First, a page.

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Like cedar, juniper is a very old plant that dates back thousands of years. In the past, juniper was linked to a protective male spirit and was thought to be excellent for helping worried people create a safe haven.

This kind of smudge is frequently used to fend off bad energy, but it can also be beneficial for blessings and attracting abundance into one’s life.

6. Black and Blue’ Salvia

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‘Black and Blue’ is a hummingbird magnet, with spikes of deep cobalt-blue flowers emerging from purple-black buds on dark stalks.

There’s a light anise smell to the foliage. Grown with ease, this perennial salvia plant will repay you with beautiful blooms every year.

7. Pineapple Sage

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The huge, lance-shaped green leaves of pineapple sage are accompanied by clusters of vivid red flowers with yellow centers that bloom in the late summer and early fall. The name comes from the leaves’ delicious, pineapple-like fragrance.

8. Baby Sage

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Salvia microphylla, an evergreen shrub with many branches and an erect to mounding form, is also known as Baby Sage or Little Leaf Sage. It has a pleasant perfume. Tiny, vivid reddish-pink flowers in whorls or pairs surround the stem of this plant, which also has small, oval-shaped green leaves. Depending on the cultivar, the colour of the blossom may vary.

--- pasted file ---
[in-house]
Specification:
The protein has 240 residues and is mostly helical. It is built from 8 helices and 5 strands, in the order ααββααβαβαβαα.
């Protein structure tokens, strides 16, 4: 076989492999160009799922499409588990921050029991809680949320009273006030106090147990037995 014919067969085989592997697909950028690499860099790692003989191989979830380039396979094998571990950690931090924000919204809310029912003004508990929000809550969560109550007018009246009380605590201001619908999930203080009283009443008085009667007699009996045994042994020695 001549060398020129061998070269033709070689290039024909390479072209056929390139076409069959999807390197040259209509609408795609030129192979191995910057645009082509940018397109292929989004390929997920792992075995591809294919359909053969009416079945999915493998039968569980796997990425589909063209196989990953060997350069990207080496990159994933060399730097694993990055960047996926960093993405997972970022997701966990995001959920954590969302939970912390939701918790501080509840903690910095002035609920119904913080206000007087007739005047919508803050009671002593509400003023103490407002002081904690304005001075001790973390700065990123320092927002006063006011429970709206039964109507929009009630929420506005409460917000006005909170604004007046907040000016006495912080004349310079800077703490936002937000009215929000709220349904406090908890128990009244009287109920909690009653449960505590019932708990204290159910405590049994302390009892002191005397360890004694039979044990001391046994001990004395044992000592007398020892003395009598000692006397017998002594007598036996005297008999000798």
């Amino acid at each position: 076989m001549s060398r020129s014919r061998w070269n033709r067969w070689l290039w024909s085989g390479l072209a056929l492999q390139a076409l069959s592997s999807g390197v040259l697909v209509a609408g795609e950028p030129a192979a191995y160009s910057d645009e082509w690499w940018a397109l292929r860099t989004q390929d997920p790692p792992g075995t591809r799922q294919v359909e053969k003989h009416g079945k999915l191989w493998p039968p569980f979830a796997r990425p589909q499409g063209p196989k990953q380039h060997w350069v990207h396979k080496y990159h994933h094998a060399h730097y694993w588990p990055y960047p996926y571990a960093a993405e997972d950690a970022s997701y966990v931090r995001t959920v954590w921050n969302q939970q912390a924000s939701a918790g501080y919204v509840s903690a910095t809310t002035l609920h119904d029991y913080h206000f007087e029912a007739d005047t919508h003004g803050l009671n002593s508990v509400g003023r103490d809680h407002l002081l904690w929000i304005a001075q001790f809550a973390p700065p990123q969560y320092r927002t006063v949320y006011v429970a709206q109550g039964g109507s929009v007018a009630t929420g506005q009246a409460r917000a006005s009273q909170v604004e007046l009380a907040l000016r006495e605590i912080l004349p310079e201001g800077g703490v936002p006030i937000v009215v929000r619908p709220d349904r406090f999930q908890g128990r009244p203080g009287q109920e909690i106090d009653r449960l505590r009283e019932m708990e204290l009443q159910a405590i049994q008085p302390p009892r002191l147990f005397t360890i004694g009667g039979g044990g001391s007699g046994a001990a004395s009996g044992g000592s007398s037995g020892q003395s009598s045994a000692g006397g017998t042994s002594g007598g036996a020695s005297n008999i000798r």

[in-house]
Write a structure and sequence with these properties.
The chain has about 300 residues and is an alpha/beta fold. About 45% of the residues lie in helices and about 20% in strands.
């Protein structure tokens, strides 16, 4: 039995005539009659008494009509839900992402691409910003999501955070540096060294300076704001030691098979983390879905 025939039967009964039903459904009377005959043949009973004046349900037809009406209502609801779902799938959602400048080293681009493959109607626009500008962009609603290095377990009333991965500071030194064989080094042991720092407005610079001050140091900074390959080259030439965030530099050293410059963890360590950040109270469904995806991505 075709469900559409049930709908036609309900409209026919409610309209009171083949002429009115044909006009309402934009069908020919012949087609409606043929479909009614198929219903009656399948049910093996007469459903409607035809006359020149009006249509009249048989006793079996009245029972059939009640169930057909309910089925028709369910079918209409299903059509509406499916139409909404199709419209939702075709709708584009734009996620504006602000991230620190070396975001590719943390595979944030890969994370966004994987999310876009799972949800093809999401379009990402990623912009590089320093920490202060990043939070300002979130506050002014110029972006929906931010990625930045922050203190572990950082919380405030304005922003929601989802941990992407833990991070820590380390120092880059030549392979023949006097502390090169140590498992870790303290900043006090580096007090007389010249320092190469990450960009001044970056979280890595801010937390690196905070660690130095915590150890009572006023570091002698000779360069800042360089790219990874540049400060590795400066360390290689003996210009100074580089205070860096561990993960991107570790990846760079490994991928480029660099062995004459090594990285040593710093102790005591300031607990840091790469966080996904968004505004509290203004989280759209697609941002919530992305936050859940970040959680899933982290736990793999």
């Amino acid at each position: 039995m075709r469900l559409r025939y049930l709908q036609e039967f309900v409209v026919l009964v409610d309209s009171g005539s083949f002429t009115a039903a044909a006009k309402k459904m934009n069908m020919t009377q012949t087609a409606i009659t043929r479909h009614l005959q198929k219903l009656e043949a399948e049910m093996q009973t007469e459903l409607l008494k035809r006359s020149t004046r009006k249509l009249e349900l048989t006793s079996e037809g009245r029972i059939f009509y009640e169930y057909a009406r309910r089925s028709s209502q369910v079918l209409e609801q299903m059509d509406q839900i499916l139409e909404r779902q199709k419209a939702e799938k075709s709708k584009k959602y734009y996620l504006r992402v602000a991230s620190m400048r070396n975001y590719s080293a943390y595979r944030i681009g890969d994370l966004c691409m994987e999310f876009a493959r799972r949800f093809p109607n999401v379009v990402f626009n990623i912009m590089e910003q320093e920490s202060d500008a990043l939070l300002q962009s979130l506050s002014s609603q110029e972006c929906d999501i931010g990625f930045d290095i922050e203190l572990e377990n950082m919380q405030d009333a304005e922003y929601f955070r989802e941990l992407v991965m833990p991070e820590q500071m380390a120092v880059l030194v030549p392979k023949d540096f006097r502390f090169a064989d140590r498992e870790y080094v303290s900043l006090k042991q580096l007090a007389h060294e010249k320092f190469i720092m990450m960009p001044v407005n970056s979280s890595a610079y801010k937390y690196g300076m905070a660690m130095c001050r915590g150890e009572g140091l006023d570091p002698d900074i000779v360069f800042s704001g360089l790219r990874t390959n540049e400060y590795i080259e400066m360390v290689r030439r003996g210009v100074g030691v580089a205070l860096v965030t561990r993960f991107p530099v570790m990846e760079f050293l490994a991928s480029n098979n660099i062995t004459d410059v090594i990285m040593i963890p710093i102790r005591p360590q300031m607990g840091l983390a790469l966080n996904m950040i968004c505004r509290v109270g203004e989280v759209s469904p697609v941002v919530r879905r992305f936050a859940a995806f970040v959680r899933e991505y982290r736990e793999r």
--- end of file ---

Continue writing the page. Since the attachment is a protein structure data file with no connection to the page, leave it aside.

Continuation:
Bright pinkish-red blooms that captivate the eye adorn the striking Baby Sage plant. With consistent, vibrant blooms from spring to fall and rich, evergreen foliage that is visible throughout the year, it is visually appealing all year round.

It can be grown in large quantities or as a lone plant. Owing to its powerful scent, particularly on warm days, it’s a fantastic option for fragrant gardens.

9. Clary Sage

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The Mediterranean region of the world is home to sage, which has a pleasant, herbal aroma. Cleaning a living area, fostering calm, peaceful thoughts, contemplation, and relaxation are among its popular uses.

It also stimulates creativity. Many cosmetics and aromatherapy products contain clary sage, which is said to have strong hormone-balancing qualities.

10. Salvia chamaedryoides

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Mexican blue sage, also known as blue oak sage, is another name for Salvia chamaedryoides, commonly known as Germander sage. This beautiful plant, which can grow to a height of 12 to 18 inches and a width of 3 to 4 feet, is a common ground cover in xeriscape gardens. It is also an excellent pollinator plant because of its blue flowers.

11. Mexican Bush Sage

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Mexican bush sage is indigenous to Mexico and Central America, as its common name implies. One of the most striking varieties of sage, it looks great, bordered by bright flowers. Mexican bush sage should be grown as an annual in areas where winter temperatures drop below zero.